If Joel Fitzgerald is confirmed as Baltimore’s next police commissioner, the Philadelphia native and current Fort Worth, Texas, police chief will have a lot to learn. He’ll need a crash course in Baltimore’s neighborhoods and history, its hopes and resentments, its powerful and powerless, its juxtapositions and commonalities. Understanding all that and more will be necessary to turn around a beleaguered police department, re-establish trust with the community and maintain public and political support for the reforms he will need to make. Here are a few things he needs to know as he gets started.
We want an effective police force
The explosion of anger after Freddie Gray’s death did not mean that Baltimoreans don’t want or value police. A city that has suffered as much violence as we have cannot help but understand the need for effective law enforcement. We want police patrolling our streets, following up leads, solving crimes and catching criminals. The neighborhoods where alienation from the police is strongest also tend to be the ones where residents have suffered most from violence and the drug trade. We want the police to succeed.
The level of distrust cannot be understated
The refusal of witnesses to cooperate and of juries to take Baltimore police at their word is not new. That's been around for decades. But the problem has been badly exacerbated by the Gun Trace Task Force scandal, body camera video of an officer planting evidence and other violations of the public trust. The revelations in the Justice Department’s civil rights investigation weren't news either. But more than three years after Freddie Gray’s death, they are still raw wounds. Mr. Fitzgerald may have come into his other jobs thinking he needed to reset the relationship between the police and the community, but we’ll wager he hasn’t seen anything remotely like this.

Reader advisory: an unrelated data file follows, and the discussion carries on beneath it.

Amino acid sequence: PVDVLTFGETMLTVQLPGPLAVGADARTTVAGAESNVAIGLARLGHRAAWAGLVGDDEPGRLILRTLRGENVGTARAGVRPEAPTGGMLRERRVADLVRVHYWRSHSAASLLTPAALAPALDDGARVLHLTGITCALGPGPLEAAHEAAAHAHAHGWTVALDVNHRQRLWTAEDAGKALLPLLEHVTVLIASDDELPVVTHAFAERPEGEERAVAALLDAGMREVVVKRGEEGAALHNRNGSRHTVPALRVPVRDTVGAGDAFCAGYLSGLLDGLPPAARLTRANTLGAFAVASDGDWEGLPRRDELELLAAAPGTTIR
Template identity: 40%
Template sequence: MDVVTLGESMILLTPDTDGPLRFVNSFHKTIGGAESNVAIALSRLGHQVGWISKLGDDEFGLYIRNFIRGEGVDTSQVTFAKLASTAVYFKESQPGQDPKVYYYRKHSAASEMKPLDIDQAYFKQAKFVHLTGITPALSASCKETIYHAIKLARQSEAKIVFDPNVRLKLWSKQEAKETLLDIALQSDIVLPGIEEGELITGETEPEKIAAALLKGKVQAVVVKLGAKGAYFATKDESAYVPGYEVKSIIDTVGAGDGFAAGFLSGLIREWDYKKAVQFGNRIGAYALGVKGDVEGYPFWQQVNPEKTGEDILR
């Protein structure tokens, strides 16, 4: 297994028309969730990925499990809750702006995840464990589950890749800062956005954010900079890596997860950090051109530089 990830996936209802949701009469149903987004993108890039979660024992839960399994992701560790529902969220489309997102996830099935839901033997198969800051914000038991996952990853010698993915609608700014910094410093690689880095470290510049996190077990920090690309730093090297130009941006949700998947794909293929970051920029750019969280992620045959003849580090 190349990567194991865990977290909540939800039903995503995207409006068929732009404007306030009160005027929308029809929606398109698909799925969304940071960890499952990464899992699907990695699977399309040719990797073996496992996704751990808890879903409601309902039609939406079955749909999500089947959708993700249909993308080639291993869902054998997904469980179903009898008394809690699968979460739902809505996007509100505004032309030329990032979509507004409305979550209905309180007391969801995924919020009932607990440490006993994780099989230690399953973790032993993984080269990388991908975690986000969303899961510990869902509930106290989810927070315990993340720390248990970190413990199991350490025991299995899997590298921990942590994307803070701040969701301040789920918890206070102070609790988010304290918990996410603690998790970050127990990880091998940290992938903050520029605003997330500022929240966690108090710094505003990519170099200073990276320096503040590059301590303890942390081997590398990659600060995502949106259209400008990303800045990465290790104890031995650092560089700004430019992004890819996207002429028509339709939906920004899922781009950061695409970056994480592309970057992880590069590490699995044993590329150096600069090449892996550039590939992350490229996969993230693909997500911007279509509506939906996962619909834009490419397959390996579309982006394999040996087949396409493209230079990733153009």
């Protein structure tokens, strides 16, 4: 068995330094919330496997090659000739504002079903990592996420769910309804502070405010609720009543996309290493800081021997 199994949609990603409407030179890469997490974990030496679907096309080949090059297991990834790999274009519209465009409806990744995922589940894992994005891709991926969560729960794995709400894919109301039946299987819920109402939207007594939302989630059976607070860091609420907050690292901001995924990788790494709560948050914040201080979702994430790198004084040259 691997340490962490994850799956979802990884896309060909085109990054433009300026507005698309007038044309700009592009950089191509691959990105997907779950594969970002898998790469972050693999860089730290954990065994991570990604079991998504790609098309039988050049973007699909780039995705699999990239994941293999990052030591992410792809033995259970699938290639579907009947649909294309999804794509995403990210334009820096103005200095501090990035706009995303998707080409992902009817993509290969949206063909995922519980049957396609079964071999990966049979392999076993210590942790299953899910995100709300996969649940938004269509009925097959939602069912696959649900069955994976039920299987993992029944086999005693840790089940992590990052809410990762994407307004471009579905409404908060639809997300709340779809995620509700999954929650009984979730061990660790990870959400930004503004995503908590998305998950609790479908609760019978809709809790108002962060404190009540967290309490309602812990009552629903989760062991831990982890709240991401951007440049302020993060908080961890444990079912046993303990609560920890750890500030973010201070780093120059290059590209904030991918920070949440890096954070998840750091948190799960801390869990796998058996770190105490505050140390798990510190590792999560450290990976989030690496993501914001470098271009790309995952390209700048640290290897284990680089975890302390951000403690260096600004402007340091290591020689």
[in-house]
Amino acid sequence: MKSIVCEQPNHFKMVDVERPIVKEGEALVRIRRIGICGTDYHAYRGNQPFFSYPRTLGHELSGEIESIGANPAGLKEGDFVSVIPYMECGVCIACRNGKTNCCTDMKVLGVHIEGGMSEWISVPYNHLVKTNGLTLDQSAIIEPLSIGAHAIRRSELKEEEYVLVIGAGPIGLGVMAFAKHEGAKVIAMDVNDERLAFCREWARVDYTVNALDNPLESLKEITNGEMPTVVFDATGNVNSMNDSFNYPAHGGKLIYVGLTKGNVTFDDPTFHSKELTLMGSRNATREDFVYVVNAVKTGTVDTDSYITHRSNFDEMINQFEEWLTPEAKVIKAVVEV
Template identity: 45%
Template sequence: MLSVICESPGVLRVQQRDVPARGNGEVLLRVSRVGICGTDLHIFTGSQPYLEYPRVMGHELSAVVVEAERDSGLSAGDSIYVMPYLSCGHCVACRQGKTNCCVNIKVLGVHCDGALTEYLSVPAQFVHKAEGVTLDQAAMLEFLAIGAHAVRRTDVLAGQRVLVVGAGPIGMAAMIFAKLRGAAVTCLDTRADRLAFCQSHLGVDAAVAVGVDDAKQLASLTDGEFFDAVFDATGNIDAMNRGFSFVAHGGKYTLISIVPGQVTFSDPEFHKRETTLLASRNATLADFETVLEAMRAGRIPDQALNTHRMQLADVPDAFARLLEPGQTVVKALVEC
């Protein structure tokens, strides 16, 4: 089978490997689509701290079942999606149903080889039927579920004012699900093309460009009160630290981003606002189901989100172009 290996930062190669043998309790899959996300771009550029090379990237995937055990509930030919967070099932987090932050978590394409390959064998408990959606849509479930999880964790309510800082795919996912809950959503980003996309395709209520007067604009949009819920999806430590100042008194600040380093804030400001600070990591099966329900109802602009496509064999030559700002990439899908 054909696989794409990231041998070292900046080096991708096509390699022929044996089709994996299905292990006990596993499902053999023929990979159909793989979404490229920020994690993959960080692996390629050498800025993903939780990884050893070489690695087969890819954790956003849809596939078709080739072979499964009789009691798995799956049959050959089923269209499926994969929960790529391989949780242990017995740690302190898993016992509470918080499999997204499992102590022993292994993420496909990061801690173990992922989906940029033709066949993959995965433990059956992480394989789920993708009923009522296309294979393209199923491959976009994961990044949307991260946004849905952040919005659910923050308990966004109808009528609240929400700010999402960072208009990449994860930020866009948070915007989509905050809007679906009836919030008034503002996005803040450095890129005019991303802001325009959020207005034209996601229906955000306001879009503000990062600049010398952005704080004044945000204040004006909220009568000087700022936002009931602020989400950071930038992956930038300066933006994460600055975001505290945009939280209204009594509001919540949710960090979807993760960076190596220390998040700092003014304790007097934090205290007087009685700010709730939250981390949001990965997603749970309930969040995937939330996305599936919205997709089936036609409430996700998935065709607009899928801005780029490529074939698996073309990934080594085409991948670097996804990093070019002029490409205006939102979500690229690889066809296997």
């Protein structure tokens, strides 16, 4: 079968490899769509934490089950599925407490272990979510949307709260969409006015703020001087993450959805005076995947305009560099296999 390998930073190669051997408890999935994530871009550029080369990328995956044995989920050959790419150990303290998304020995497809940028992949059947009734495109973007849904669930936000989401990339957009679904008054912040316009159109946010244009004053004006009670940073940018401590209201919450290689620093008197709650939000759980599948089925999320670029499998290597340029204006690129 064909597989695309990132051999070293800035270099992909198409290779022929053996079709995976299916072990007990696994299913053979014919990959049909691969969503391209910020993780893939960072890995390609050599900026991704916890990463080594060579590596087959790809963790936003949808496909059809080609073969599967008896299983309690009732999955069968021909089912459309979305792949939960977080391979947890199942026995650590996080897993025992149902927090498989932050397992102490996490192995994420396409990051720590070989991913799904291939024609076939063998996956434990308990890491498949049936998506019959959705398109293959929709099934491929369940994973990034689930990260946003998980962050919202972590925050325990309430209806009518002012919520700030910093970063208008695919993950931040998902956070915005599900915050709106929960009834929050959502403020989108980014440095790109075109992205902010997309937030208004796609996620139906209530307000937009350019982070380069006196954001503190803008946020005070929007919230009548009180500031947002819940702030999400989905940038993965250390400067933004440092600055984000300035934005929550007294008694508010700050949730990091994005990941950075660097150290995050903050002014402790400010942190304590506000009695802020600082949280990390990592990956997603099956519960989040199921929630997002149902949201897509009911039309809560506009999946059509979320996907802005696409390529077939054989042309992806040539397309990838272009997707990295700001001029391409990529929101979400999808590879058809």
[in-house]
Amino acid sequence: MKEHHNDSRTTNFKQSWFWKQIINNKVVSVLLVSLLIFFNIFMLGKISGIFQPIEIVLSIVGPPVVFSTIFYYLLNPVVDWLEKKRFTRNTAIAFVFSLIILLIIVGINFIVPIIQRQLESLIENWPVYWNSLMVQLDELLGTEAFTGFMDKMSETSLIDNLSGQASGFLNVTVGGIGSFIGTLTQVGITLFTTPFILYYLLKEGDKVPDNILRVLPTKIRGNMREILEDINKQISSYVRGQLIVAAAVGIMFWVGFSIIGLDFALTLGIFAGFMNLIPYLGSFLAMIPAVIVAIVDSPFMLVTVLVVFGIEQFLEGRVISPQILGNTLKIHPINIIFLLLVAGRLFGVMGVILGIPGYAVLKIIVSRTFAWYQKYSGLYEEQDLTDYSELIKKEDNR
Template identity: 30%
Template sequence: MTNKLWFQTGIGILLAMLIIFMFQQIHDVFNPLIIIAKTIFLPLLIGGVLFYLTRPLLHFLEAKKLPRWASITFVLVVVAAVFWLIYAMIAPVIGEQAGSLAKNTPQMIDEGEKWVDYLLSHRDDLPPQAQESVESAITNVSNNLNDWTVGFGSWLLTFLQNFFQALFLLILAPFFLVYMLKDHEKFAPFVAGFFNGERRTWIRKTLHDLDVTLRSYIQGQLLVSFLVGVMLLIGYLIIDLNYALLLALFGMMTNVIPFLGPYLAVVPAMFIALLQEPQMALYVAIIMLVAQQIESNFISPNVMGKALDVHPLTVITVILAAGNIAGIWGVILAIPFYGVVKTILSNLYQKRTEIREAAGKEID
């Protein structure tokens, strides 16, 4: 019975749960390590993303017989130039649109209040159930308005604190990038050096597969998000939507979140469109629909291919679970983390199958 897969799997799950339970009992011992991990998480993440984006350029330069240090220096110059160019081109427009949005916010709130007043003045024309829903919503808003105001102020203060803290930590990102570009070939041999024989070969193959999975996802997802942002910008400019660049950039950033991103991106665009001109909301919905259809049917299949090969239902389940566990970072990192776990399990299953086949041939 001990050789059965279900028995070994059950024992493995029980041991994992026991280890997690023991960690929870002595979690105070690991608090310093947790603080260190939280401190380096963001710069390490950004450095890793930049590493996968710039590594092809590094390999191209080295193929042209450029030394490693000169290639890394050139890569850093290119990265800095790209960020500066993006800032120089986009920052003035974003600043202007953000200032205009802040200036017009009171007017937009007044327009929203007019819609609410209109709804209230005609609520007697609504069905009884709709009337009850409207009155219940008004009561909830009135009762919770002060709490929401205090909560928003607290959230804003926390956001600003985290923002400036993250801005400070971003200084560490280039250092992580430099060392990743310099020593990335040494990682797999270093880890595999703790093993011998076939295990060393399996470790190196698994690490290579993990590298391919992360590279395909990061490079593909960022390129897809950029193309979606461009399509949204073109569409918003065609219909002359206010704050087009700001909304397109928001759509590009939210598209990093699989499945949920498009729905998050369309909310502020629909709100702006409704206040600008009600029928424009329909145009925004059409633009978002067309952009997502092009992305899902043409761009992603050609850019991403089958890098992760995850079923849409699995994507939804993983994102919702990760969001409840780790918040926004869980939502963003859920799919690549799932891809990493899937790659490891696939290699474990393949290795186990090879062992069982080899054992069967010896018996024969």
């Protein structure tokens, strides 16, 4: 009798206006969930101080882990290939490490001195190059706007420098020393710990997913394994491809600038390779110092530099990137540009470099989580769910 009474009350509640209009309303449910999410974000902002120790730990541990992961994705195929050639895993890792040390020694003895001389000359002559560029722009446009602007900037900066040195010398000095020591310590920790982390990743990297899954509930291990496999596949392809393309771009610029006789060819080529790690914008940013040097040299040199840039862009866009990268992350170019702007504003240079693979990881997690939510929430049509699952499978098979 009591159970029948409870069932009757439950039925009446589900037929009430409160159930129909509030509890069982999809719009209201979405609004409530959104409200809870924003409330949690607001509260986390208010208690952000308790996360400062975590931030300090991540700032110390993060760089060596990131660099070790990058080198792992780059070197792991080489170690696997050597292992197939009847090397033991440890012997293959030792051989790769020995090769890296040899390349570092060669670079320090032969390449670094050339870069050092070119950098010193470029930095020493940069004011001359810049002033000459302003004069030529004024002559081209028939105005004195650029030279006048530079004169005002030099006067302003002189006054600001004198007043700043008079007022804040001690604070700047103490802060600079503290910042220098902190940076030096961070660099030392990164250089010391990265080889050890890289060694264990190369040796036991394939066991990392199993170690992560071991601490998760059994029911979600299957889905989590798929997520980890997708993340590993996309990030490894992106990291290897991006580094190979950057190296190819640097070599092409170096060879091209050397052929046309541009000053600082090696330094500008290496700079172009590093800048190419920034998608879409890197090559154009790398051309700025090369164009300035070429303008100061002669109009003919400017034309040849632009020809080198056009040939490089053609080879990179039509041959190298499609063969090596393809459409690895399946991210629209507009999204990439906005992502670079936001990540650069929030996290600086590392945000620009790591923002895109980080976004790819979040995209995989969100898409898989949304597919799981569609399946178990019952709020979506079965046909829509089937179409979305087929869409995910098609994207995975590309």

We know the police can’t solve everything
Baltimore has been through too many police commissioners and too many policing philosophies to believe that there’s a magic solution to our crime problem. Rather, we see it as part of a tangled web of pathologies — poverty, poor education, drug addiction, disinvestment, isolation — all of which have their roots to one degree or another in Baltimore’s legacy of institutionalized racism and segregation. We expect the police to work in concert with a wide variety of public and private agencies to address the causes of crime, not just the symptoms.
We have been disappointed too many times
A police commissioner went to federal prison for misusing funds. Another was forced out after police were called to his home on a domestic violence complaint. Others stood by while profound corruption flourished in the department. One locked down a neighborhood after an officer was killed and told the public things that proved untrue. Another was ousted after a matter of weeks when he was indicted on federal tax charges. You will be greeted with cynicism. Don’t take it personally. But don’t screw up.
We still have hope
In the midst of some of the worst violence this city has ever seen, a group of Baltimoreans rallied around the idea that we could agree to stop the killings for a weekend, and then another and another. The CeaseFire movement is proof that we have not given up. The police commissioner who succeeds is the one who can harness that energy and help it spread.
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